Aber was young but she was no stranger to selling merchandise. Since the age of 18, she and Eric had been selling her clothing and juggling sticks at festivals and other events. She also sold her clothes through a beach vendor.

Originally, the couple wanted to open a restaurant as well as a store. He’d been working in the hospitality business since he was 16. She’d worked at Jam’n & Java, where she’d watched the original owner carefully research West Coast coffee shops and source the best products before opening. “It was interesting to see the detail that he poured into that business,” she recalled.

As teens, they’d bemoaned Main Street’s lack of healthy options. (She was vegetarian at that time.) But landlords did not want to take a risk on the twenty-something entrepreneurs. “Thank God they didn’t because we learned that restaurants are a lot of work,” she said.

A small retail business was a different story, and one landlord took a chance on Aber, whose wares included items she made herself. Evidently, he was impressed. When one of his storefronts became available across the street, he rented it as a restaurant to the Abers. Home Grown Café opened in March 2000. “I told Eric that I would help him for two weeks,” she said. “It’s been a long two weeks.”


Home Grown Café's eclectic decor is a stunning complement to its ever-changing menu of funky, kicked-up dishes, such as oyster toast.

 Home Grown Café started as a 28-seat restaurant with an open kitchen and counter service. A deck was added in 2001. To serve alcohol, Home Grown needed more seats to meet the city’s requirements, and more seats meant going full service. Home Grown expanded into adjoining spaces, an evolution that is evident as you step into the restaurant today. The series of expansions meant the demise of the retail. “I miss it. It was pretty special,” she said. “I’d still love to have another one.” The restaurant quickly snagged Aber’s attention from the store. She moved it across the street next to the restaurant in 2002 to better manage it. But, she acknowledged, it didn’t have the same vibe.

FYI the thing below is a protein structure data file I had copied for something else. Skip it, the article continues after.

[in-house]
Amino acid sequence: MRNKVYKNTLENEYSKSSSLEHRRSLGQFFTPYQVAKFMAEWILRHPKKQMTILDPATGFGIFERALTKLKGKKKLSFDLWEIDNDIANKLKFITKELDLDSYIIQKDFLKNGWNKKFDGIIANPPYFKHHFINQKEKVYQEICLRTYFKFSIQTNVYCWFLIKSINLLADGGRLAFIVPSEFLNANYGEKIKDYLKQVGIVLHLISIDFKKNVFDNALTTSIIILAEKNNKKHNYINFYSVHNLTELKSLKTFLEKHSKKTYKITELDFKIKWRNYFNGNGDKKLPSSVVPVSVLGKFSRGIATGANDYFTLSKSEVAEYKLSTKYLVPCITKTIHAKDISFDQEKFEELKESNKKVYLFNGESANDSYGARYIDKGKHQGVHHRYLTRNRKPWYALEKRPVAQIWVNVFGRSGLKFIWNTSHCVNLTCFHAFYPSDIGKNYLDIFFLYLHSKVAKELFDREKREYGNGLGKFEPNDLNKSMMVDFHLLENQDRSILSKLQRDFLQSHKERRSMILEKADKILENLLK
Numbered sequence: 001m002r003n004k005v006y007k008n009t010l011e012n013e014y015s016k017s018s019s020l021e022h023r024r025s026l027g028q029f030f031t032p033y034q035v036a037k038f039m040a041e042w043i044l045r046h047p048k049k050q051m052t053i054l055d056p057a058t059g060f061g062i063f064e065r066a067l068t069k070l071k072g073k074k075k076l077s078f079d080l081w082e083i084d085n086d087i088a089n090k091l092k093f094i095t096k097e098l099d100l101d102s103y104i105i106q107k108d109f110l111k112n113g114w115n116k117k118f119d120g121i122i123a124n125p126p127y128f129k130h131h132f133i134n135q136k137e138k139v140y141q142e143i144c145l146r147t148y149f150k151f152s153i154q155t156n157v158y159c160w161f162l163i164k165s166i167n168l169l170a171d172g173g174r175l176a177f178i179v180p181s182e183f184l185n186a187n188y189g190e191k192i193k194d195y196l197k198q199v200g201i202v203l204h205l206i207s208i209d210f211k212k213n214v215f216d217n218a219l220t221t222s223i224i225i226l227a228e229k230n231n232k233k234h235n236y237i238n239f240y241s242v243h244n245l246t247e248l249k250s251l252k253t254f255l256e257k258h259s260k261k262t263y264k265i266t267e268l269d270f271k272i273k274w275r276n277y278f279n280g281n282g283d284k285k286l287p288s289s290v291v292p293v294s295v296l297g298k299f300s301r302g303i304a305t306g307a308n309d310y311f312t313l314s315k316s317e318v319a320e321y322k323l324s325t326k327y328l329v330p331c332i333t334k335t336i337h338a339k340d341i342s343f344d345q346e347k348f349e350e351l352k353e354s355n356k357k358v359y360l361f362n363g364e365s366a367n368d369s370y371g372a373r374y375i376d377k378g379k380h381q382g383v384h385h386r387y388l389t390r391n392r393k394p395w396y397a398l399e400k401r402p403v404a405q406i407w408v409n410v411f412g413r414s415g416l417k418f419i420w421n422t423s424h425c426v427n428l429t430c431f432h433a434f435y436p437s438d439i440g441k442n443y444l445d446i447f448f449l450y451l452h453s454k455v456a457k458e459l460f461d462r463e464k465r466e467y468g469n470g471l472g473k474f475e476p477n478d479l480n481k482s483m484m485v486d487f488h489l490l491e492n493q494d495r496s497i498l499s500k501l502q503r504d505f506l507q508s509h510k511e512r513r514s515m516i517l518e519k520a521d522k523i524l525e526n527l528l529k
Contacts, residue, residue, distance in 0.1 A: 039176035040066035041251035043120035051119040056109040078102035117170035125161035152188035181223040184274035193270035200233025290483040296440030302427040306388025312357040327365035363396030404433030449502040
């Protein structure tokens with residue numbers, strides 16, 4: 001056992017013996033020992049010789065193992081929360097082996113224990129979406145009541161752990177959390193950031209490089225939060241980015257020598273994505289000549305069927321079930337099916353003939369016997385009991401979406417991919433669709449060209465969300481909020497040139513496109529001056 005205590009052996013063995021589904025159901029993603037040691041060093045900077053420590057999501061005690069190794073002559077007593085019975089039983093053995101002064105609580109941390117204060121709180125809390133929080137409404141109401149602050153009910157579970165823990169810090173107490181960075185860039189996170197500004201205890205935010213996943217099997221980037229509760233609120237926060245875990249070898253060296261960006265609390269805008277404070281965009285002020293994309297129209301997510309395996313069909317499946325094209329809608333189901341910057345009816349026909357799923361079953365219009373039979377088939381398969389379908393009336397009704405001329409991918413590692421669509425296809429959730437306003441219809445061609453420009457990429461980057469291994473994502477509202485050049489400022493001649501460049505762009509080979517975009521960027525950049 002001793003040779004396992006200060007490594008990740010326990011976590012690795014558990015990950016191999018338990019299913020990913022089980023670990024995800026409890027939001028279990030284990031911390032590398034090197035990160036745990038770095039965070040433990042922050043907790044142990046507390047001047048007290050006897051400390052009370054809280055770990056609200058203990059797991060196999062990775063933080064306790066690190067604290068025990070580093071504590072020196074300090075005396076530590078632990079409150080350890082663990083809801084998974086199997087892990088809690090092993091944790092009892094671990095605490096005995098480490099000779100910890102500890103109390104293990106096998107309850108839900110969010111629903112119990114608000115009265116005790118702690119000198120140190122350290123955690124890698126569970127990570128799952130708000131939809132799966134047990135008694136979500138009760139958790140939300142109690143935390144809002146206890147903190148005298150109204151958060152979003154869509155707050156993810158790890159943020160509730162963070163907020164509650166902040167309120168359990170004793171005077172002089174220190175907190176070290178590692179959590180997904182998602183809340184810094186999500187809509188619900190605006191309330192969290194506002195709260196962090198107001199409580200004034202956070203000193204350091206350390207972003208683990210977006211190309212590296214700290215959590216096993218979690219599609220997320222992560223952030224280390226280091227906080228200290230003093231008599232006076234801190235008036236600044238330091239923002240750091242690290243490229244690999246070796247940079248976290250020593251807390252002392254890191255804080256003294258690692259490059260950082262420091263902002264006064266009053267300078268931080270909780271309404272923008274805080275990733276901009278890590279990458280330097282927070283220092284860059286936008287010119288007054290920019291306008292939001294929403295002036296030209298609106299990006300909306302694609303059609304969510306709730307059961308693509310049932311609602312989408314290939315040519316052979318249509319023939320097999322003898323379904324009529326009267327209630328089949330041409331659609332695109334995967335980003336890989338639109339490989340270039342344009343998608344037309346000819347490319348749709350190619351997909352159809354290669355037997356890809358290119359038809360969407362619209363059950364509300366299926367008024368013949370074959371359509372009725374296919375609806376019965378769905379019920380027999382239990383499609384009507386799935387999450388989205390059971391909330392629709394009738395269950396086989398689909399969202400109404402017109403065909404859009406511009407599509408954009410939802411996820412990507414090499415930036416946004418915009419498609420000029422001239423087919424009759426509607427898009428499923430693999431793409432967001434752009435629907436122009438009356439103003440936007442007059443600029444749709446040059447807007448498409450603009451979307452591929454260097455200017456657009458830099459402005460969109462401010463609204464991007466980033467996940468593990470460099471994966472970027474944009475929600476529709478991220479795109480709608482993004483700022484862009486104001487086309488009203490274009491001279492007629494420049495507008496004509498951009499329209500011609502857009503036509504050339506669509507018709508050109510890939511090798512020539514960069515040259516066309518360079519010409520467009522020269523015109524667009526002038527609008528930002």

Were the owners lucky that stores opened up beside them right when they needed more space? Partially. “You put thing out to the universe and they come back to you – if you work for it,” she said. Today the restaurant has 130 seats and a full bar.

From the start, the dining room sported an eclectic décor with bold orange and purple accent walls and a logo that used a groovy '60s-style font. “[Sasha’s] beautiful view of the what is good in the world comes through when you visit,” Lhulier said. “It's whimsical, wholesome and natural.”

As the size increased, so did the hours. Home Grown started offering Sunday brunch and dinner. The couple worked 60 to 80 hours a week, which became challenging for Aber, whose mother had terminal breast cancer. After an eight-year battle with the disease, Vicki Temko died in 2007.

After the birth of Sequoia in 2008 and Lucian in 2010, Aber couldn’t work as many hours. “My focus was on my children,” she said.

The restaurant had a good management staff in place, but she wasn’t completely absent. She often came in for a task, such as a wine tasting with a distributor. Sometimes she had a child in tow. As they entered preschool, she resumed more duties at the restaurant.